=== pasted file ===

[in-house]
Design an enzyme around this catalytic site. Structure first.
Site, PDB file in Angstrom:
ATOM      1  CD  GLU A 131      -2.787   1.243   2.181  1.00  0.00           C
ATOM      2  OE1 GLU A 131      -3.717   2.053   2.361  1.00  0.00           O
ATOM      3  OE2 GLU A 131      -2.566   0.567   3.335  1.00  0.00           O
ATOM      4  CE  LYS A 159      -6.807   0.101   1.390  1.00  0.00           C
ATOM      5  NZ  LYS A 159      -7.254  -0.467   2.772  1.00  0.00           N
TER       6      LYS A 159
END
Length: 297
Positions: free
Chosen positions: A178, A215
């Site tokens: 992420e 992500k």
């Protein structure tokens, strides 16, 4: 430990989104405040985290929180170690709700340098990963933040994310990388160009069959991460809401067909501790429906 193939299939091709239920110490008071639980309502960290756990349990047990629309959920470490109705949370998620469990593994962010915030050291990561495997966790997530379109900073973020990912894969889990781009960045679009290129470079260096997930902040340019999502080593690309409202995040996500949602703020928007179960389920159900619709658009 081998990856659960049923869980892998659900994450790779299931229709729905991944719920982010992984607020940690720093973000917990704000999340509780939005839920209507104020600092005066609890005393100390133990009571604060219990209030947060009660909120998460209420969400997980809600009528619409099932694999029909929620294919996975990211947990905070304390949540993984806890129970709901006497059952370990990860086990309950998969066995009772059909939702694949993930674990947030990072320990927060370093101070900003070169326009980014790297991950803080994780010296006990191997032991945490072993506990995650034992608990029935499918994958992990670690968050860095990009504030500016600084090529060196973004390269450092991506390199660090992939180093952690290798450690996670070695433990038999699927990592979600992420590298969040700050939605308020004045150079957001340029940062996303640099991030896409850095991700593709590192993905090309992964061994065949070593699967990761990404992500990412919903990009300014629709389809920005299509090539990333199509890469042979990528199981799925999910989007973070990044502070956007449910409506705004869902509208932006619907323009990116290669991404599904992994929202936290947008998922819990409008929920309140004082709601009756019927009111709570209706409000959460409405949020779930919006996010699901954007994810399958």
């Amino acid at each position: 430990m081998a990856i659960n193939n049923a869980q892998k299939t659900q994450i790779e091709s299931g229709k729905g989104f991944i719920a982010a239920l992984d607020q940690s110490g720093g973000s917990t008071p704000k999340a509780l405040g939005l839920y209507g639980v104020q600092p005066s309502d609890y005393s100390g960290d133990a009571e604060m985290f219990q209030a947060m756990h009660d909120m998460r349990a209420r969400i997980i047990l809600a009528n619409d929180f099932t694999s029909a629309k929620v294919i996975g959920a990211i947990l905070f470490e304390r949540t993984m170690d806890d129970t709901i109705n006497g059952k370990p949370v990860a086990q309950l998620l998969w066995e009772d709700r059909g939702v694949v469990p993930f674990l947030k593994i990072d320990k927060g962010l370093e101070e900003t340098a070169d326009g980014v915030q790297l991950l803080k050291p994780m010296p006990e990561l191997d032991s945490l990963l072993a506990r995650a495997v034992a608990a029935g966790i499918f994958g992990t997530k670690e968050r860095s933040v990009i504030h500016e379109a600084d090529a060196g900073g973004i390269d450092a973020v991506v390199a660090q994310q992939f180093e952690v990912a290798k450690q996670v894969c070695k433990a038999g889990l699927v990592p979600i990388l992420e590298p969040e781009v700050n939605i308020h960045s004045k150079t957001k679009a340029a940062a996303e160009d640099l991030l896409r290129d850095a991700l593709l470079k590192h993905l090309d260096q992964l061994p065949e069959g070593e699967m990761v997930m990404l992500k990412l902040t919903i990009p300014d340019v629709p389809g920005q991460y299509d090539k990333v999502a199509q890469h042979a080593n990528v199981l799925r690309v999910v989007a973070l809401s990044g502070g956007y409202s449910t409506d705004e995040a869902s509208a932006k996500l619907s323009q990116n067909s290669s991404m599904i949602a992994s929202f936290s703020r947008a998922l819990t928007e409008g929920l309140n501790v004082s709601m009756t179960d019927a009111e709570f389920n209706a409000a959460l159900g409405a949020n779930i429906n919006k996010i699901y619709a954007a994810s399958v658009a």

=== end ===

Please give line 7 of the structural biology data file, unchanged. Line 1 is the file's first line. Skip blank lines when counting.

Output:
ATOM      4  CE  LYS A 159      -6.807   0.101   1.390  1.00  0.00           C